Let's not even get into New Year resolutions that might include keeping this blog rather more up to date than it has been over the last couple of months; I mean, the resolution is there sure enough and there's a stack of great material that arrived in the last quarter of 2010 that needs a proper addressing and writing up but recently there's been plenty of print work which has rather got ahead in the 'to do' list I'm afraid. For those asking, and 'thank you' because there have been plenty, Festivalized is going through its final editing process and we can very confidently anticipate a publication date during the spring; aside from that there's a few interviews coming up for R2 magazine, and Record Collector readers will hopefully have spotted a number of space rock items that I've reviewed in its pages over the last few months, particularly Esoteric Records' very welcome Here & Now reissues, the In Search Of Hawkwind covers album that I also covered here a few weeks back and a number of Steven Wilson / Porcupine Tree CDs and DVDs among other items of interest to readers here.
But to kick off 2011 here, what better start than to go back and cover one of the best space rock albums of 2010, from a band that managed two album releases last year and most definitely therefore out most, your humble chronicler of the scene among them, to be the busiest working in the genre by a country mile! I didn't get to hear their first offering of the year, ...Sun, Broken..., but received a review advance of their second, Lime, from Important Records and can't really enthuse enough about the four dense and dirty tracks powering across this record.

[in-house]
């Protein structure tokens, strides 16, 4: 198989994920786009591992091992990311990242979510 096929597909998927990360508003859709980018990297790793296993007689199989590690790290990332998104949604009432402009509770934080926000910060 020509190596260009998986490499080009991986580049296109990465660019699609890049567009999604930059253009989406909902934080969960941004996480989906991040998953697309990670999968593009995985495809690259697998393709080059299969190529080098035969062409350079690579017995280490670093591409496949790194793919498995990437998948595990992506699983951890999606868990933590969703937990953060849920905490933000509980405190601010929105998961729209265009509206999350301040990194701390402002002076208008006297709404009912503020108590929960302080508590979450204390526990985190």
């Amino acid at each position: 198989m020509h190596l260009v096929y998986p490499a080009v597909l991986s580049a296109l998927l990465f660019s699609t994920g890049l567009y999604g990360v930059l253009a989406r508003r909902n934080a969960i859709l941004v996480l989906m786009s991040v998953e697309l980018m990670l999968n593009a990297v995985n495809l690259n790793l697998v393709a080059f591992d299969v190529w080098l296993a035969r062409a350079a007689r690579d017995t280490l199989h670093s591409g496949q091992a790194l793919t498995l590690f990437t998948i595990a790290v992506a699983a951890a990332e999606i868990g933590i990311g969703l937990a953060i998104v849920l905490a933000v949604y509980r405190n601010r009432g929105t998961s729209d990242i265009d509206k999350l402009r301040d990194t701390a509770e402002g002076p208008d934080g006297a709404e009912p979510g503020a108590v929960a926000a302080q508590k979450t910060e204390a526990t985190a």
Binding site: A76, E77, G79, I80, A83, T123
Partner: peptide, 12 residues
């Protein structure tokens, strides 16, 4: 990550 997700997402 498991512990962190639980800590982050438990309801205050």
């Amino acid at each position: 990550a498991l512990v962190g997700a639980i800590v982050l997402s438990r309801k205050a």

'Sunburnt Impedance Machine' (what sort of machine?) launches proceedings in a full-on manner, really solid drumming and some driving guitars and keyboard sounds that create a mighty conflagration which gets right into their uncompromising mix of space and kraut rock and burns with a undying sense of primal urgency. Like a lot of In Search of Hawkwind, Lime has a debt to the Nik Turner wing of the Hawkwind sound, promoting weirdness and discordance but there's also the chugging drivability of the Brock approach as well. 'Serra' just seems to go on forever, weaving in and out of its groove, testing out pathways and following its own internal sense of reason, totally absorbing, absolutely mesmeric. 'Radar King' is a total mind-fuck, commanding its share of the disc with military authority before descending into fx loops and then outwards and onwards to experimental adaptations of its original theme before returning to its original process with even more added menace. And 'Beyond The Sun' plays things out with a studied repetition of aching atmospherics that once again demands the comment that this is totally absorbing. I think what 'Beyond The Sun' leaves us with is a reminder that while across this record the power of Mugstar's sound is the predominant force, the brooding mood of unsettling unease is another compelling component of what they are all about.